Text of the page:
GM Tips

Don’t Map Everything.

I know, sacrilege, no? And coming from someone who has spent hundreds of dollars on graph paper over the years and filled much of it with detailed maps of entire dungeon complexes it may sound a little hypocritical, but really, don’t map more than you need. Treat your dungeons like your cities (And if you feel the need to obsessively map your cities, now is the time to seek help. And no, I don’t have any entirely mapped cities that I plan on letting you see.) where you only define the interesting bits. Instead of mapping out the entire kobold warren, map the set pieces: A meeting den, the corridor of traps with scorpions, the ledge over the deep gap into the darkness, the chief’s den, that sort of thing. You will want to also map out two or three set pieces to use for when the exploration goes south. (More on that in a minute) One thing you can do is draw a relational map, one that shows the connections between points of interest without explicitly mapping them. This works well in mine shaft and cavern settings, but it can also work in things like large buildings.

In this case, you have to use something akin to 4th edition’s skill challenges, except without the failure cap. Successes bring the party to the encounters that advance their goals with a decent chance of surprise or some tactical advantage. Failures bring them away from where they want to be, or put them in tactically difficult situations. You ask the players where and whatthey do, and that sets the relevant skills. Successes give them things going well, the players setting up an ambush or evading a patroll or finding an out of the way area to take an extended rest, while failures become unwanted encounters with a chance to make later rolls harder, or getting disoriented and turned around, or finding a trap.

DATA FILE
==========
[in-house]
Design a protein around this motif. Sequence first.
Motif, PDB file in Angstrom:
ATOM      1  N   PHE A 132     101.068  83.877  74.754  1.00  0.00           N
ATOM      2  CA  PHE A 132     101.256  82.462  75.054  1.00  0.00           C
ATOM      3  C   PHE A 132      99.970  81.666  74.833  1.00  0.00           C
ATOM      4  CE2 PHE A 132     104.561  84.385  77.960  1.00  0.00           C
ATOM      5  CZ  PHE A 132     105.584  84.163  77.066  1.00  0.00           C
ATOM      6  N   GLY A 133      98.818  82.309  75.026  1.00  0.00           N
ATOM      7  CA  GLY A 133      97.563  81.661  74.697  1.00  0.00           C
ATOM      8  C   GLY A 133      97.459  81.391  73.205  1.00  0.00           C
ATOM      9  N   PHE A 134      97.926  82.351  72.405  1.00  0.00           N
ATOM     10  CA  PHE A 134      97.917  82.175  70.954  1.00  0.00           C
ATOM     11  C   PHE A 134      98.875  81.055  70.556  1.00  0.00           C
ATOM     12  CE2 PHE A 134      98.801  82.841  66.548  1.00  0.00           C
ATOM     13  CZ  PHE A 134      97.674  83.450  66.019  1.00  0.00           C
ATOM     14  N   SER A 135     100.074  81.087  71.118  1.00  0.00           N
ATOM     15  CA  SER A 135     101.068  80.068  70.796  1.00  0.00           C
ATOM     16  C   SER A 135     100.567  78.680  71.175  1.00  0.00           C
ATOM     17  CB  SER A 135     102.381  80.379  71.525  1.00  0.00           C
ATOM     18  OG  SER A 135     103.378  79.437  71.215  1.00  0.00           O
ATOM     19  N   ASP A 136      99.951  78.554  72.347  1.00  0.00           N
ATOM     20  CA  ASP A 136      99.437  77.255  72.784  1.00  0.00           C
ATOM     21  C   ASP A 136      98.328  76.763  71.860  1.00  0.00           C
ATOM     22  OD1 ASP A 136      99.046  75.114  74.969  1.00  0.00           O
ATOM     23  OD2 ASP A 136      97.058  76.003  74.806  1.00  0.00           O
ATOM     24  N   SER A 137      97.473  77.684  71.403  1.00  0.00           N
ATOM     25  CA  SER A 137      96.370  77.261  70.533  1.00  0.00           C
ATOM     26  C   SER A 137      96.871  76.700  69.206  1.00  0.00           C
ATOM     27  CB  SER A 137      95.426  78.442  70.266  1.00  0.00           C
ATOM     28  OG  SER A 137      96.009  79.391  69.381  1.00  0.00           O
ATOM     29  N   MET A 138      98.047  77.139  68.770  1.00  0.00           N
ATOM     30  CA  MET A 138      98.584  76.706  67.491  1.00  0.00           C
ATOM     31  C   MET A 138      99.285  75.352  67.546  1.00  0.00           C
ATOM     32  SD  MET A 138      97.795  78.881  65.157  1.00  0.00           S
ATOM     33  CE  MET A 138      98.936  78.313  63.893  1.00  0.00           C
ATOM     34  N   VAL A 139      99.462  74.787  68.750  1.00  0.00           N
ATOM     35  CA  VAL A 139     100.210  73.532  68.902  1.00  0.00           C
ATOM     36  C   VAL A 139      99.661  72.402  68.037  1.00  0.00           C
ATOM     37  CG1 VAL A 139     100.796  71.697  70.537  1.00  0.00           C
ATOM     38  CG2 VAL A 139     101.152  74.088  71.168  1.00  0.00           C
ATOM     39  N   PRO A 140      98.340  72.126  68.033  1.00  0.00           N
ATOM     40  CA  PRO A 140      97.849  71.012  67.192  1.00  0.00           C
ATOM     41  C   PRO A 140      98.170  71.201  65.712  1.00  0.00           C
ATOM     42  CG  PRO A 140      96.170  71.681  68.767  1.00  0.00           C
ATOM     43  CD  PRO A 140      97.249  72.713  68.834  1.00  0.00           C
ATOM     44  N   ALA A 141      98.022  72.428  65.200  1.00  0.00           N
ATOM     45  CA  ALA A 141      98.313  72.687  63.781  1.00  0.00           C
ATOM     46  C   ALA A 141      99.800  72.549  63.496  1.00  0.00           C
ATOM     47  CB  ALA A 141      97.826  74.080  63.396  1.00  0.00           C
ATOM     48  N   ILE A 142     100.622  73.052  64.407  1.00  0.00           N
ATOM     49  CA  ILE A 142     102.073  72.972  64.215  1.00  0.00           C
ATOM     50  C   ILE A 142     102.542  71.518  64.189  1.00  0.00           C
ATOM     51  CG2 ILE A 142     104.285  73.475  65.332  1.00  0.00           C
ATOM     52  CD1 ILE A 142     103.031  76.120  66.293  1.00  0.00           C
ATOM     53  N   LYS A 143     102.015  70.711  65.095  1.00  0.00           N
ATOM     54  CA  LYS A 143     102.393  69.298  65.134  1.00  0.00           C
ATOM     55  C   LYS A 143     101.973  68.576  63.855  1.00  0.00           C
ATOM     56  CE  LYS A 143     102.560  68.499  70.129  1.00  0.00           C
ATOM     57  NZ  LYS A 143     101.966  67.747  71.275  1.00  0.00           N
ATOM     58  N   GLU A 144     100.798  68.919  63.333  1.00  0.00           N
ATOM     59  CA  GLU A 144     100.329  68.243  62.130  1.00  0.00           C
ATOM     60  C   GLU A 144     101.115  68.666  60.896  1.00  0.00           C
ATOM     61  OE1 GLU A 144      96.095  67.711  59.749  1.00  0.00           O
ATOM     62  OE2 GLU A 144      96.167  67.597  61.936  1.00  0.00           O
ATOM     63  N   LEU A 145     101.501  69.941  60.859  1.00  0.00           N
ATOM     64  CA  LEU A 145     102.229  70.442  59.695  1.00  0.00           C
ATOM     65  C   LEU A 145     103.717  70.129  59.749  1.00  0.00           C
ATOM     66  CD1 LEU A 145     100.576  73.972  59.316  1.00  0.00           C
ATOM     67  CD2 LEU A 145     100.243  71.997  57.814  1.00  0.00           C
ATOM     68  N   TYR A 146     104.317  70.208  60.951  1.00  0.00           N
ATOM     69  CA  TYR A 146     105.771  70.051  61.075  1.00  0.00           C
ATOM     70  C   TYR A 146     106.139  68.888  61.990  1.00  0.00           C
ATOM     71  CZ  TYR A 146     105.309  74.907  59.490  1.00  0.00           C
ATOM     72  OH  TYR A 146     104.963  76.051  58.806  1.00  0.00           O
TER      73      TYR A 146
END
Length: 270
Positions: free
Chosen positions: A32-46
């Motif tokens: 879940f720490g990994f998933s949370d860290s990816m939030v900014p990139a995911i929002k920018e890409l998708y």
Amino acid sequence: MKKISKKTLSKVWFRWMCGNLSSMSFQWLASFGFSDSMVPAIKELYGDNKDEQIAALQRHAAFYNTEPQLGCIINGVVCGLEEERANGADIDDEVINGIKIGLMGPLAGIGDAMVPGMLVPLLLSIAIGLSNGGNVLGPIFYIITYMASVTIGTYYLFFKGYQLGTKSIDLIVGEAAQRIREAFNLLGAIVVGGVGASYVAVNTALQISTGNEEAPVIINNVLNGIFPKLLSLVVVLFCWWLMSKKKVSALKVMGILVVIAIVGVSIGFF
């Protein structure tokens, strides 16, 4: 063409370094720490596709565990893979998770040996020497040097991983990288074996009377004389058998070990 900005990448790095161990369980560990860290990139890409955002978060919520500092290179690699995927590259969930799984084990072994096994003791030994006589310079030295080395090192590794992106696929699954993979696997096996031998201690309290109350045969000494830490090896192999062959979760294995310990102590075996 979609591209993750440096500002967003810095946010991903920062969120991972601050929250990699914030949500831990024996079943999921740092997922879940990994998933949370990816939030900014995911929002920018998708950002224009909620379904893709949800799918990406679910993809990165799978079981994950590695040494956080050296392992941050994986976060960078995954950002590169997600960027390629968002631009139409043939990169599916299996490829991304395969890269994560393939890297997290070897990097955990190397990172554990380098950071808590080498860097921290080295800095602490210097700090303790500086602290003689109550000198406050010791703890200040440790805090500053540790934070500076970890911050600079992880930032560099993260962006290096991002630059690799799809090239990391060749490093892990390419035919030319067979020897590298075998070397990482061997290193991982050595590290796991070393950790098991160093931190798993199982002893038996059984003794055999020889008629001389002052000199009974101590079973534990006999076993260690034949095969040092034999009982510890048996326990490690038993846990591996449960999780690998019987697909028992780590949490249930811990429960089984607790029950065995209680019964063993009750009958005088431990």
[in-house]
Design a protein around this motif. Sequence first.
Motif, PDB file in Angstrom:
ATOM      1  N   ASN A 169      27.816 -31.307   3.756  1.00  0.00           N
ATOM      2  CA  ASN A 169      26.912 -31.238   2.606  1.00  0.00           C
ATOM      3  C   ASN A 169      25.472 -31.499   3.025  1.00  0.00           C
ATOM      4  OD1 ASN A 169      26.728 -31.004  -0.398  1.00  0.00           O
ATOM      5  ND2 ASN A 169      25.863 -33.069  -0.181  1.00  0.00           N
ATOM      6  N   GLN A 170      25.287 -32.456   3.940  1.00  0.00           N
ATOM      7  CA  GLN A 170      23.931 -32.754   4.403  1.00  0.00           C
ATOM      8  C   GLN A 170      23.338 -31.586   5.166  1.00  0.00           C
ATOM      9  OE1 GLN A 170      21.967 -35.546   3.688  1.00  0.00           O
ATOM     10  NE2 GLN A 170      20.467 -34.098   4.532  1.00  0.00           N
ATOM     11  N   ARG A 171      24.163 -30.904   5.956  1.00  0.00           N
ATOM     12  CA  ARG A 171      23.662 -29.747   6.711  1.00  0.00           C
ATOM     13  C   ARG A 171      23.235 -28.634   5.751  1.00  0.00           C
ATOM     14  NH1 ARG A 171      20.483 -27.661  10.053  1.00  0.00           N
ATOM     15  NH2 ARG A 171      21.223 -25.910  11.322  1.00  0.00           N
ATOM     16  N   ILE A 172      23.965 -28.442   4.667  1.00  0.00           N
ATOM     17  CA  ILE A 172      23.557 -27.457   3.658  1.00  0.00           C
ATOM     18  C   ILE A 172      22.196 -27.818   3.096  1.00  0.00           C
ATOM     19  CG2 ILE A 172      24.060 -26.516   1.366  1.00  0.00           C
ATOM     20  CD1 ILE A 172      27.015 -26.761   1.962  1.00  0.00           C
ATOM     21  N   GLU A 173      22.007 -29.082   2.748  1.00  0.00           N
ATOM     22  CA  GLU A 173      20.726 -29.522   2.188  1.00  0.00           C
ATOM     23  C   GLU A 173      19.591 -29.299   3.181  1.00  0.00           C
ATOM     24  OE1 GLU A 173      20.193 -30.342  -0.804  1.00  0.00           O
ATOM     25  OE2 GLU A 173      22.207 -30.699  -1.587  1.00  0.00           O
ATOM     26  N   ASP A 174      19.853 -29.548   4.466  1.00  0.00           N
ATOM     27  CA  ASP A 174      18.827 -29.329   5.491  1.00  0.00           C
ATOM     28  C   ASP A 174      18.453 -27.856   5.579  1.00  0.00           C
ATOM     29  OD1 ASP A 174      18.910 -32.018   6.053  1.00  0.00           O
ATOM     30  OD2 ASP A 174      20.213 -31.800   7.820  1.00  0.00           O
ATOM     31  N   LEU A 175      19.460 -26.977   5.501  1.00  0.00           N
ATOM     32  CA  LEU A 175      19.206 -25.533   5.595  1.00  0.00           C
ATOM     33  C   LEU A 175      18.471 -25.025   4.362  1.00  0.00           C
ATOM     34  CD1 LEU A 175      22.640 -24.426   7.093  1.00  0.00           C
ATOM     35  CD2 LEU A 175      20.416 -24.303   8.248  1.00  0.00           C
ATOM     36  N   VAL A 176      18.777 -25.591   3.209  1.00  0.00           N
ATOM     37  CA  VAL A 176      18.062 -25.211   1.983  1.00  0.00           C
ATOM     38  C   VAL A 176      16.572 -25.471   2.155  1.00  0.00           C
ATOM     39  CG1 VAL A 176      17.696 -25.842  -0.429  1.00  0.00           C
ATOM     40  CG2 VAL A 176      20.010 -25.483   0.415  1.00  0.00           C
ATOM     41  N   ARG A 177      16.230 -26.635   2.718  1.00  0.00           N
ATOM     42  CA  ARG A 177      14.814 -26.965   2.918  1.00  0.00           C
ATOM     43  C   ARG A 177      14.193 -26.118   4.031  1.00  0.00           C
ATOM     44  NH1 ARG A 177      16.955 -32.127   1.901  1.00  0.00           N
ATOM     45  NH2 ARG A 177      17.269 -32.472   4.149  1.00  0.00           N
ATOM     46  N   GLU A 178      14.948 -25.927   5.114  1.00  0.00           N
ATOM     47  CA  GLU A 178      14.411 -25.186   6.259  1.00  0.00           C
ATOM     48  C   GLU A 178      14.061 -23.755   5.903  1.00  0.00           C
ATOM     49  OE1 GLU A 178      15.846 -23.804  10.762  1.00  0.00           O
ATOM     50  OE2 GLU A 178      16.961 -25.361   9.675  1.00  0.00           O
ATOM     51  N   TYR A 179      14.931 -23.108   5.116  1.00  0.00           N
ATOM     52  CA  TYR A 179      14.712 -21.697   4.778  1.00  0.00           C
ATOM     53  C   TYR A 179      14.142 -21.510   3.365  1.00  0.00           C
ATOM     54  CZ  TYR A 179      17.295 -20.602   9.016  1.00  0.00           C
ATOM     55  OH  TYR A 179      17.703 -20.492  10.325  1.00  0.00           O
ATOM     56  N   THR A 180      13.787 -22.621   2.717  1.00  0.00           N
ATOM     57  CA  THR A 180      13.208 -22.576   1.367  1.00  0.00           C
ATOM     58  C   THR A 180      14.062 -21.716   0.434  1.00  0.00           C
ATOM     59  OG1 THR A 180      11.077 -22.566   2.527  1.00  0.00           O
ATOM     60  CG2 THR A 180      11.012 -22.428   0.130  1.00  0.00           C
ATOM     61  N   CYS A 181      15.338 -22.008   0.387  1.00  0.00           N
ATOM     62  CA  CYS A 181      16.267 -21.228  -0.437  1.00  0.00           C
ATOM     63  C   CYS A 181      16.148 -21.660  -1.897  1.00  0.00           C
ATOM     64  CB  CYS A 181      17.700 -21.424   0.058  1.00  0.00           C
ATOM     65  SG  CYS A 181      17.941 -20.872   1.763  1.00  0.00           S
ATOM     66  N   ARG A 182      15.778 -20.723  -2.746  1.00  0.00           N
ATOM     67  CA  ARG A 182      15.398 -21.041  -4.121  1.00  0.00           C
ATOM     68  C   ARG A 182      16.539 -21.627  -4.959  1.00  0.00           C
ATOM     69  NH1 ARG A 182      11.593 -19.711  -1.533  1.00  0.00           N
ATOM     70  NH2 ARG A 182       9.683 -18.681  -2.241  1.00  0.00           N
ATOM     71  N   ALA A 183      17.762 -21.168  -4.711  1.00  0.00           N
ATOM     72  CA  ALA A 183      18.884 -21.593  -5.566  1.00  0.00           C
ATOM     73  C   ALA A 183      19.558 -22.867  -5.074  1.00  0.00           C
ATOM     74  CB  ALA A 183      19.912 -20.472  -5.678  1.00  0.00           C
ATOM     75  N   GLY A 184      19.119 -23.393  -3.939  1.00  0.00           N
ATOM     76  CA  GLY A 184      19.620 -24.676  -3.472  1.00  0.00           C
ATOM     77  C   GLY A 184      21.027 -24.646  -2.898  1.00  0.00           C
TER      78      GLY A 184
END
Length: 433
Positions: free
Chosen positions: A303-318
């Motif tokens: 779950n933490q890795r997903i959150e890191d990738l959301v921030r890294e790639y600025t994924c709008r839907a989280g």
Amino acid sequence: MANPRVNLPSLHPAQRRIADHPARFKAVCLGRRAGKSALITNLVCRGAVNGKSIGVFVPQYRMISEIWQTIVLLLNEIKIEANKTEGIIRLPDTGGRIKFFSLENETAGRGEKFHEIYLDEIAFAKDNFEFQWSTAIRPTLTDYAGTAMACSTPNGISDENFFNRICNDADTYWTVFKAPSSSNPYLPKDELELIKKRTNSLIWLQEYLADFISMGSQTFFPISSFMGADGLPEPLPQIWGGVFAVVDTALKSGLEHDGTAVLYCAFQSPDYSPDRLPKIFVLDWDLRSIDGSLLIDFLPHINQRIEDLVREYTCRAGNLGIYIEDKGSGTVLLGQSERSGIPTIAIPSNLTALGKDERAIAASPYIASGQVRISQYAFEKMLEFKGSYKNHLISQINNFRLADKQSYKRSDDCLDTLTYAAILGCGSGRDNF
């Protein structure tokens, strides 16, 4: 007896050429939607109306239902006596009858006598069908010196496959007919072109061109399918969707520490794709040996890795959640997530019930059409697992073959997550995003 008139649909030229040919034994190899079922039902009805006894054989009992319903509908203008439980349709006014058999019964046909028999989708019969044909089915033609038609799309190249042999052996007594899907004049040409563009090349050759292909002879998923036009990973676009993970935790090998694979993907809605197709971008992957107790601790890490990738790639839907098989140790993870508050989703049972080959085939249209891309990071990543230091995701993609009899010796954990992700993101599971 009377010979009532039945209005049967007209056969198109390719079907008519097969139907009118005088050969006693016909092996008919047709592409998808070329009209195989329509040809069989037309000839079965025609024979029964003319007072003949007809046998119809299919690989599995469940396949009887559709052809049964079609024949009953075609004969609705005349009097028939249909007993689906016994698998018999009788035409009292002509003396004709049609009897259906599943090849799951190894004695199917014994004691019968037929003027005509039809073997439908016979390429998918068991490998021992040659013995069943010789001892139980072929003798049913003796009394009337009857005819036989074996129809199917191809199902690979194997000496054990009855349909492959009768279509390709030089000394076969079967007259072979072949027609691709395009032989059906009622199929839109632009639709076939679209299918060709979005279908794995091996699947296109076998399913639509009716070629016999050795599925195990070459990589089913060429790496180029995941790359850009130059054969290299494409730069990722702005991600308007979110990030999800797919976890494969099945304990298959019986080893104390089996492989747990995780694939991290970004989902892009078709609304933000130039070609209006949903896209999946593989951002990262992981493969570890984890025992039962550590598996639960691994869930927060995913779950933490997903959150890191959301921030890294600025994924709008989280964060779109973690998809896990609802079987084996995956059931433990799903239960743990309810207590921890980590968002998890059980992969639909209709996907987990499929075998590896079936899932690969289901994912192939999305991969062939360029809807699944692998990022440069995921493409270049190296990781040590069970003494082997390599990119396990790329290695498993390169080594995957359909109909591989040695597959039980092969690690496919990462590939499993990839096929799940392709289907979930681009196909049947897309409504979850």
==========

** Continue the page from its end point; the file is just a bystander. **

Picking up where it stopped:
No matter how you construct your adventures, here’s a tip: don’t make dungeons or encounter areas linear, and if you are using this system where you only map the interesting stuff, don’t start your players in door ways. Doorways make for either boring fights as unimaginative players try to fort up behind them, or they lead to dead parties because unimaginative players tried to fort up behind them and the inhabitants aren’t idiots. Static defenses are a losing proposition every time. If your party tends to huddle around doors, give your encounters flankers or artillery, occasionally have the bad guys collapse the roof on people who are trying to hide where it is “safe”, have their opponents wander off and warn the rest of the complex, making things much much harder for timid players. (There is a reason that SWAT teams throw flash-bangs into a room, and follow them in. They don’t hold a strong point and then wait because that doesn’t work.) Especially in games like 4th edition D&D, where ability sets are intended for kick in the door and flood the room situations.
Every room should have at least two exits, and they should eventually circle around so that a door way hiding place is also an exposed flank. Encounter areas should be large, the terrain shoud be complex and interesting and most of all it should encourage movement and dynamic approaches to the fight.